Elmer Geronimo “Ji Jaga” Pratt, the former Black Panther Party leader died Friday of natural causes at his home in rural Tanzania at the age of 63. Once again I think of Bernice Johnson Reagon’s song “They Are Falling All Around Me.”
A victim of the FBI’s COINTELPRO campaign targetting leadership of the Black movement in the late 60s and 70s, Geronimo spent twenty-seven years in prison on a trumped-up murder charge that was ultimately overturned. Wiretap evidence that would have exonerated Geronimo was lost or destroyed by the FBI and police. Only in the last years of his appeal was it disclosed that a key prosecution witness had been an ex-felon and police informant. After his release a federal judge approved a $4.5 million settlement in Geronimo’s false-imprisonment and civil rights lawsuit.
His friend and lawyer Stuart Hanlon writes: “What happened to him is the horror story of the United States. This became a microcosm of when the government decides what’s politically right or wrong. The COINTELPRO program was awful. He became a symbol for what they did.”
Scanlon says: “He had Southern, rural roots, hardworking parents who sent all of their kids to college. He goes to the military, fights and is a decorated soldier in Vietnam, comes back, becomes a football star in college. That would be an American hero. It was different because he was black and he became a Panther and then the road went the wrong way.”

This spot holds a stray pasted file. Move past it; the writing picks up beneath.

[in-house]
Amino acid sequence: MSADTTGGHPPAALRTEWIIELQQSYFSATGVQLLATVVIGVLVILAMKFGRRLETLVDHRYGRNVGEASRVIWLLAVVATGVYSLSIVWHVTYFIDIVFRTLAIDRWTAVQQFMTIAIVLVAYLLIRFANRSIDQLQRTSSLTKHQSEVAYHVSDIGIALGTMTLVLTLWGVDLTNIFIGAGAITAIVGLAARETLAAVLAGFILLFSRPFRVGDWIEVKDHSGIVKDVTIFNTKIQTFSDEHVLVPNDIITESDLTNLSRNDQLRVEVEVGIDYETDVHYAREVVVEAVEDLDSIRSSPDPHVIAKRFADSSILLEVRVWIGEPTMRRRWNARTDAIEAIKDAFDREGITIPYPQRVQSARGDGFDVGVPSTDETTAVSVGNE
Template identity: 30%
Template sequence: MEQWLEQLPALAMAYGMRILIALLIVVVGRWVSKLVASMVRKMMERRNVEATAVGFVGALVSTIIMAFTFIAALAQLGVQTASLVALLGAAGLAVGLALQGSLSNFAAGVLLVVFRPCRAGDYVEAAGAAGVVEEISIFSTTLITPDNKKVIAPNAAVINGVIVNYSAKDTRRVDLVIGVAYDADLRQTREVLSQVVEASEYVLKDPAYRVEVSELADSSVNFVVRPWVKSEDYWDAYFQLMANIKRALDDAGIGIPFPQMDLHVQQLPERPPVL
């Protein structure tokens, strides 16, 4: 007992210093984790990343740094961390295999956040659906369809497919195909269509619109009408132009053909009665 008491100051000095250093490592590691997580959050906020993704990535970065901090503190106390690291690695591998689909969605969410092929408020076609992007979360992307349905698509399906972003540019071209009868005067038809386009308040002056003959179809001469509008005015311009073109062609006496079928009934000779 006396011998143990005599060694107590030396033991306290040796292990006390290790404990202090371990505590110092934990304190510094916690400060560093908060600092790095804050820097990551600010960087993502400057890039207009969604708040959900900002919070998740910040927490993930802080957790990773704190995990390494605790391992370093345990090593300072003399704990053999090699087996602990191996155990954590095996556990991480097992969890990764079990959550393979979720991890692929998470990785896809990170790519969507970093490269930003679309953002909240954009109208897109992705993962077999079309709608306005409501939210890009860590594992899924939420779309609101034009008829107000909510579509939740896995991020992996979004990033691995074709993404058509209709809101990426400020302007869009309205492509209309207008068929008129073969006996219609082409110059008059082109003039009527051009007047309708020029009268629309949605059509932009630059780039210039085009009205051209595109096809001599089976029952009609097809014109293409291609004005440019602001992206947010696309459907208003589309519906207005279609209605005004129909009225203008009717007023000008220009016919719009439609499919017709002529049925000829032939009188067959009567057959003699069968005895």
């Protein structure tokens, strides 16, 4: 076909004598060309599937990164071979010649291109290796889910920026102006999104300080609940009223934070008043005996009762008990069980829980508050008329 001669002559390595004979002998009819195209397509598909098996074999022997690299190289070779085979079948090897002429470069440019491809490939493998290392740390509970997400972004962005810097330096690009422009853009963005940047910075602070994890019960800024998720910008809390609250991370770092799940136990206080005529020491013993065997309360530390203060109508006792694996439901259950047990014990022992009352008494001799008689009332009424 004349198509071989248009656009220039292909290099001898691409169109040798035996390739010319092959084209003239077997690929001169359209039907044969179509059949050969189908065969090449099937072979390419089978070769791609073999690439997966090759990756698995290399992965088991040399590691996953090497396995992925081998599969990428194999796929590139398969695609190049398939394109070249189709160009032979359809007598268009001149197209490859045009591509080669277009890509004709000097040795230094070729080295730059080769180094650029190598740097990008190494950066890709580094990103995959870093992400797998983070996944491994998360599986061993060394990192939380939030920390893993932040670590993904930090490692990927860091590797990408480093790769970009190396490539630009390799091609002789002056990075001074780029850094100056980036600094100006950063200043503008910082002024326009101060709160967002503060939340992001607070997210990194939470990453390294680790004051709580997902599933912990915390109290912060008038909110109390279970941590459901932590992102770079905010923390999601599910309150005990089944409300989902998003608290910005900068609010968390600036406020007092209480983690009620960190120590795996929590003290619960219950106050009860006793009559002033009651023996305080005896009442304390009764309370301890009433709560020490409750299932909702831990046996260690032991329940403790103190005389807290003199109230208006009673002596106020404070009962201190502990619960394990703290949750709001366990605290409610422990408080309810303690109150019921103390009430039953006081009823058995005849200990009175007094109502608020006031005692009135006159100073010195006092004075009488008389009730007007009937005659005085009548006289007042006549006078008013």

After release Geronimo divided his time between Louisiana and a small Tanzanian village, Impaseni. Asked why Geronimo chose to settle in Africa, Hanlon says, “I think he felt he had tasted the worst America could give and it wasn’t very good.”
I met Geronimo in 1999 when my friend Melody Ermachild brought him to a Berkeley video studio. In his years at San Quentin, Geronimo knew our good friend Jarvis Masters, whose book Finding Freedom had just been released. Geronimo was not going to be able to attend a book release event we had planned, but agreed to videotape a greeting and a reading of Jarvis’s searing piece “Scars,” about how so many prisoners care the very real scars of violence and abuse across generations.
It was moving to hear Geronimo read, and just to be in the formidable presence — and “present” is the right word — of a man still sane, whole, and generous after all the injustice he had endured.
A year or so later, I met him again in the streets of Berkeley, after a poetry reading in support of political prisoner Marilyn Buck. (I don’t know if I have already written about this, but until her death Marilyn had been the lynchpin of our meditation group at the Federal Prison in Dublin, CA. She and I spoke often and shared a birthday, the same day and year. But all of that is for another time.
Anyhow I caught up with Geronimo as he was going to his car. He remembered me slightly and asked how Jarvis was doing. I filled him in on some news, and asked how he was. He said, “I am moving to Africa this month.” I could understand why.
Geronimo is not so much the symbol of Black resistance to injustice. He was a man who lived with that reality day after day, year after year. A man. Still whole and honorable. This is as much as one might wish for any woman or man. Wholeness…and peace.
— Alan Senauke